The principal subject of the first movement, ushered in by the woodwind at 1:45, is rather jolly. However, there had been quite a degree of urgency to the brief introduction and this urgency remains as a kind of background presence underpinning the essential joviality of the movement as a whole.  The music has constant vitality and is fresh and enjoyable to hear. For the second movement Stanford follows the precedent of Brahms by writing an intermezzo, which bears the Brahmsian indication Allegretto grazioso. Lewis Foreman described this movement in his note for the Chandos-Handley recording as “a gently pastoral minuet”. That’s not quite how it comes across in this present performance, however. Lloyd-Jones adopts a slightly faster speed than Handley – he takes 6:28 against Handley’s 6:56 – and thereby gives the music quite a different character. I wouldn’t presume to say which approach is better. To be truthful, I think both work in their own way though I have a marginal preference for the way the movement goes in Handley’s hands. The bottom line is that both conductors are successful in bringing out the genial character of the music.
 
The third movement, Andante molto tranquillo, was inspired by Il penseroso. Richard Whitehouse describes this movement as “searching” and I agree. It begins with some fine, expansive string writing, which is gradually enriched by the addition of woodwind and horns. This is Stanford at his noble, expansive best. At 3:47 Stanford introduces new material, with flute and clarinet appropriately to the fore as he responds to Milton’s lines about the nightingale, beginning “Sweet bird that shunn’st the noise of folly.” This material is developed for a while until, after a majestic passage for brass (around 6:00) the opening lyrical material returns, but this time in even richer guise and it’s with this that Stanford brings a most impressive movement to a close.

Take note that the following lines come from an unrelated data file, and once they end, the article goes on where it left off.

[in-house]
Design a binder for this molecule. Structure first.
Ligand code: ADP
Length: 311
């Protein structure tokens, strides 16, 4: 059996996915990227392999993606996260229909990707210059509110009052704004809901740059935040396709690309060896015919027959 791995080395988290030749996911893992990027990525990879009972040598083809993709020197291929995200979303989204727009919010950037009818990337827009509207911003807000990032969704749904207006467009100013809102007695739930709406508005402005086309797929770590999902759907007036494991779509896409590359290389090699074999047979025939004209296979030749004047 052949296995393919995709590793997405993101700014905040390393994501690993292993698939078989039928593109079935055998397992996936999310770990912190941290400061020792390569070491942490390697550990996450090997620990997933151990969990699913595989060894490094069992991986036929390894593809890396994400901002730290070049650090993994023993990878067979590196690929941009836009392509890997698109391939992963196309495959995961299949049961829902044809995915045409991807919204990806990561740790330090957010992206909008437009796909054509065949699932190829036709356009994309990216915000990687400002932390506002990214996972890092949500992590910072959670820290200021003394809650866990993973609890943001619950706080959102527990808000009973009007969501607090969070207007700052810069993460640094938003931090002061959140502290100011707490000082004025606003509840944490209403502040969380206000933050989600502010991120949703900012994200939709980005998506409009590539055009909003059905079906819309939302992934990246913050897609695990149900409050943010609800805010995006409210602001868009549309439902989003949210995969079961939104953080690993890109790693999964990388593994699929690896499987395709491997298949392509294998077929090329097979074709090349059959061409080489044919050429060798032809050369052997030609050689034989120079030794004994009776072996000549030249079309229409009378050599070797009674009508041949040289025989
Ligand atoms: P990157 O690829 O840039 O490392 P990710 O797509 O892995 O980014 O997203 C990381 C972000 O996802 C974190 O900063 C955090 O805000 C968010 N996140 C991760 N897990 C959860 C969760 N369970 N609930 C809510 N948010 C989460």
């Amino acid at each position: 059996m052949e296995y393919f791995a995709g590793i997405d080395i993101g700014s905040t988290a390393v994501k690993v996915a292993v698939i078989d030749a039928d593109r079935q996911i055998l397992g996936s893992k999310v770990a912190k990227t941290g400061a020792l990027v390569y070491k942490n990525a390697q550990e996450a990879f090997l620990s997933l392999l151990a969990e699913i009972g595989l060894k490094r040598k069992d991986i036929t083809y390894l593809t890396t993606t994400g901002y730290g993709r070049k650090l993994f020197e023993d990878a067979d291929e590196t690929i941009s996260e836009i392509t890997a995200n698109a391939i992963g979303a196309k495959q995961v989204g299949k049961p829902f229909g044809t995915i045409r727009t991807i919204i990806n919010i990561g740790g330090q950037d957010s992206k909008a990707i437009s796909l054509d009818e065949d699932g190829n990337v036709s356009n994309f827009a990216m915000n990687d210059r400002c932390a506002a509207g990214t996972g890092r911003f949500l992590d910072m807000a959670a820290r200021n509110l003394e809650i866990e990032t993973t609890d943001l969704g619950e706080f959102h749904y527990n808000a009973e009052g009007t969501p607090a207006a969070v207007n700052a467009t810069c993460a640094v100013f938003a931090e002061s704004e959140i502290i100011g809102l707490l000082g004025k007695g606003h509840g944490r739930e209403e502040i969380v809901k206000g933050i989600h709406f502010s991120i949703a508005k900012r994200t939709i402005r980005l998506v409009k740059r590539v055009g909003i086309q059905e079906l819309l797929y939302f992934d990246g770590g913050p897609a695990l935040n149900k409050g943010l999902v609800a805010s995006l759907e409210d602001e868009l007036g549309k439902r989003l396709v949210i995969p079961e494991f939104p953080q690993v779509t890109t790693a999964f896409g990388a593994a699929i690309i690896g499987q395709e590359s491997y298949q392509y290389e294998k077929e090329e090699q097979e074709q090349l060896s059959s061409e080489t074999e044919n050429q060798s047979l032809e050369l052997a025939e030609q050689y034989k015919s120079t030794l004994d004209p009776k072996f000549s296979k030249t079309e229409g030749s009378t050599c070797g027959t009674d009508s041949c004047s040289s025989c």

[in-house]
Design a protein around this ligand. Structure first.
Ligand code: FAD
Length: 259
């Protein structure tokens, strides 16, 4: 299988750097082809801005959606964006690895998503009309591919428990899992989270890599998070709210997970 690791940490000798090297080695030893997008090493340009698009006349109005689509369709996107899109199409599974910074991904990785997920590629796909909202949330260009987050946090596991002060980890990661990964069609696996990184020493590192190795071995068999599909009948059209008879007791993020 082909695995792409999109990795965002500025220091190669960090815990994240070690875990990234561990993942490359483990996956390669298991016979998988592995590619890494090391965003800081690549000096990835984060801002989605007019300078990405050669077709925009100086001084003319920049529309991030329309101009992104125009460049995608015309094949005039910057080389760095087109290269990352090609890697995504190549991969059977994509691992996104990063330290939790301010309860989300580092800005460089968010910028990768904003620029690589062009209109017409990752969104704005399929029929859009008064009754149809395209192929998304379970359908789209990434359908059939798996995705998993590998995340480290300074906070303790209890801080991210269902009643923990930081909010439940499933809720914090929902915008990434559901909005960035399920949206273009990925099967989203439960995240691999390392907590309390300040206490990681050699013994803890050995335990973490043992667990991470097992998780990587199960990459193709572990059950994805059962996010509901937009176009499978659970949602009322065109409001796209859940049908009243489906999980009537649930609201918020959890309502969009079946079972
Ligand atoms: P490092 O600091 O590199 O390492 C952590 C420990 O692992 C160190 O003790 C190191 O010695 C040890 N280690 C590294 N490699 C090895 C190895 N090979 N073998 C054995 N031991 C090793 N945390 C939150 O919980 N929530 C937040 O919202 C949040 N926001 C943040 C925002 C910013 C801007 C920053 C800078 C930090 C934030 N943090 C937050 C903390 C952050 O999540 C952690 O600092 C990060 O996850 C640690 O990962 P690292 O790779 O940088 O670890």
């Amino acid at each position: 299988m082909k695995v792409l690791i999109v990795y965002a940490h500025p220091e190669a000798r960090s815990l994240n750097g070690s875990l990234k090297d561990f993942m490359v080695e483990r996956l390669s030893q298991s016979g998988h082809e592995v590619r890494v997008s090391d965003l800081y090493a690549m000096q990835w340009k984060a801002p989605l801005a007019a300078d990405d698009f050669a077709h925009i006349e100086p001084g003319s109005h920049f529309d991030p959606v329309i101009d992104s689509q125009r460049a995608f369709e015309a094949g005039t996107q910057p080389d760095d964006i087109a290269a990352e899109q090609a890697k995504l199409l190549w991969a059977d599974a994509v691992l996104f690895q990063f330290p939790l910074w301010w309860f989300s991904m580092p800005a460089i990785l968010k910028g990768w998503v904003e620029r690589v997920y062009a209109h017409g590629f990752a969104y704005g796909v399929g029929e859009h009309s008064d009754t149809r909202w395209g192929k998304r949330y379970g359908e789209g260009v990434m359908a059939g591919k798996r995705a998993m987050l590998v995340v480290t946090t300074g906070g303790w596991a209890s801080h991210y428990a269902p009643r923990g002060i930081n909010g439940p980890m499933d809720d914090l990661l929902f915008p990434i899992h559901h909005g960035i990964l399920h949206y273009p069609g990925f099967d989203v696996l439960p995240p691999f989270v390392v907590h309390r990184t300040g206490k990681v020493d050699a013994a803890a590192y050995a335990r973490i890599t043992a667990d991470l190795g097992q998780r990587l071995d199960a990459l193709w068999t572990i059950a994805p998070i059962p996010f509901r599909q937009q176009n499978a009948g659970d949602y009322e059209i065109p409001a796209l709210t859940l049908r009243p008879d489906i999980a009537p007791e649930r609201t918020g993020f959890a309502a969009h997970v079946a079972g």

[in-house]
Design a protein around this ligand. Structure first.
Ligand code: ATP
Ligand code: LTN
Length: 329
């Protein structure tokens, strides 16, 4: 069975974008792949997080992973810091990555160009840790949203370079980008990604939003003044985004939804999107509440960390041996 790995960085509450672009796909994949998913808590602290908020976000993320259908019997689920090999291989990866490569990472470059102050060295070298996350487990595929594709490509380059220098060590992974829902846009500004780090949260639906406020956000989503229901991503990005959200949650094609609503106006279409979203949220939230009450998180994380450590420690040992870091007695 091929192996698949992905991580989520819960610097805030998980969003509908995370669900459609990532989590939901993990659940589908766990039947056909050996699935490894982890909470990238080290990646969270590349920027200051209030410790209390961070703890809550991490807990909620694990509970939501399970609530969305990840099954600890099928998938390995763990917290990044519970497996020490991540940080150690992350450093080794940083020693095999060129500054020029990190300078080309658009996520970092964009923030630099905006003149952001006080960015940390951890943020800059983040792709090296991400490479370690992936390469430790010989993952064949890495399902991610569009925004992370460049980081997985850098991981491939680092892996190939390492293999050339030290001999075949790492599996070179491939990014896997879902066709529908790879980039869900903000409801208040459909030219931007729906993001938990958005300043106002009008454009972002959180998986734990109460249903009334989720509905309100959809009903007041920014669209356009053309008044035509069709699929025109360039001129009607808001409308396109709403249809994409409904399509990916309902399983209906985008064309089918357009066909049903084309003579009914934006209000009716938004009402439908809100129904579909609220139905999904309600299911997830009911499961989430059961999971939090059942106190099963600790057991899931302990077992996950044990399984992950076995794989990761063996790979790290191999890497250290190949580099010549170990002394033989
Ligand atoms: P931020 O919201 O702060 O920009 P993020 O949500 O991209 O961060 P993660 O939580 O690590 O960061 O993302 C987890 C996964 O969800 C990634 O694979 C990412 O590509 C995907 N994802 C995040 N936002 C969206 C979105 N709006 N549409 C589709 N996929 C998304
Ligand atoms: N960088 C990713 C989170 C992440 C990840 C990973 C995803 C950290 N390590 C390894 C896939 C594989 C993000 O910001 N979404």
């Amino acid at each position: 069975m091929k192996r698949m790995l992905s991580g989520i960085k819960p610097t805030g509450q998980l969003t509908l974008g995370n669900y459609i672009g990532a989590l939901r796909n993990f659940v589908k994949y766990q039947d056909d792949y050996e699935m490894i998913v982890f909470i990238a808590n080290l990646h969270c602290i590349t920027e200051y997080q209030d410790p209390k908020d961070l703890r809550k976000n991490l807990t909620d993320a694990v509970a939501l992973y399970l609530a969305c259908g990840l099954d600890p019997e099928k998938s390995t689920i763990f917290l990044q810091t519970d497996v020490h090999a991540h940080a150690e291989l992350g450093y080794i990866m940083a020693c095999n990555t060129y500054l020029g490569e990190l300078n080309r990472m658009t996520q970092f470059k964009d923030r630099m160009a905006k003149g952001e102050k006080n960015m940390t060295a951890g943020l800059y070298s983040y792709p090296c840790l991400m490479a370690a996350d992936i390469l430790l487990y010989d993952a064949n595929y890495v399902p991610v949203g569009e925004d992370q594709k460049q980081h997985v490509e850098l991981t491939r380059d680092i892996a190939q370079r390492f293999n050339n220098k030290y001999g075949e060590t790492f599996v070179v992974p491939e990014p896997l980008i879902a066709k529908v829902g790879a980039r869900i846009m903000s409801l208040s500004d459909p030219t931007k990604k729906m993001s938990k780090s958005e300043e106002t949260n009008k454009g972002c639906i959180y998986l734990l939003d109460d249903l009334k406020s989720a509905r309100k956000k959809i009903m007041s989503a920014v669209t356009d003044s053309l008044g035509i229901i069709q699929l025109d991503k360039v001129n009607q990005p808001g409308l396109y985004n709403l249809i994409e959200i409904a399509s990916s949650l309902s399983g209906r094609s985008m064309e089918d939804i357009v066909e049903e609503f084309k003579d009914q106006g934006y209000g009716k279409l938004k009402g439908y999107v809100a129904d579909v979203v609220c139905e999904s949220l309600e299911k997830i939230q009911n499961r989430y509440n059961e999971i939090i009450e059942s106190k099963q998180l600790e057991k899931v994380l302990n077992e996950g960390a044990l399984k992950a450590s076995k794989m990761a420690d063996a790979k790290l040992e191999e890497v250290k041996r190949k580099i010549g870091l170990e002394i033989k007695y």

There’s a strange opening to the finale, featuring quiet, stabbing chords. At 0:33 a restless melody in dotted rhythm appears, first on the strings and then taken up by the winds but the music doesn’t really seem to get into its stride until about 1:20. As the movement unfolds the tone becomes more assertive though those stabbing chords keep cropping up. The last of Milton’s stanzas quoted by Stanford begins “There let the pealing organ blow” and Stanford does indeed add an organ to the orchestral palette (at 8:10) though its initial entry is quiet, just gently underpinning the orchestra. At 10:34 the full orchestra and organ intone a majestic chorale and one thinks that this is the Big Finish. Not so. The music winds down and Stanford brings the movement instead to a rich, luminous but quiet conclusion, which I find very satisfying and which aptly echoes Milton’s words:
 
Dissolve me into ecstasies,
And bring all Heav’n before mine eyes. 
 
It’s not easy to place these two symphonies. Neither is the equal of Elgar’s symphonies but they are far from negligible and these admirable performances under the convincing leadership of David Lloyd-Jones confirm that they do not deserve the neglect into which they have fallen. Lloyd-Jones obtains fine playing from the Bournemouth orchestra and, as with the previous issue in this series, they have been accorded warm yet detailed sound.
 
This is another distinguished instalment in this Stanford cycle. Vernon Handley’s pioneering set (Chandos) is most certainly not displaced but these Naxos recordings, and this latest one in particular, can stand proudly shoulder to shoulder beside them. Collectors who bought the earlier issue of the Fourth and Seventh symphonies should not hesitate to add this companion volume to their shelves. More please!
 
John Quinn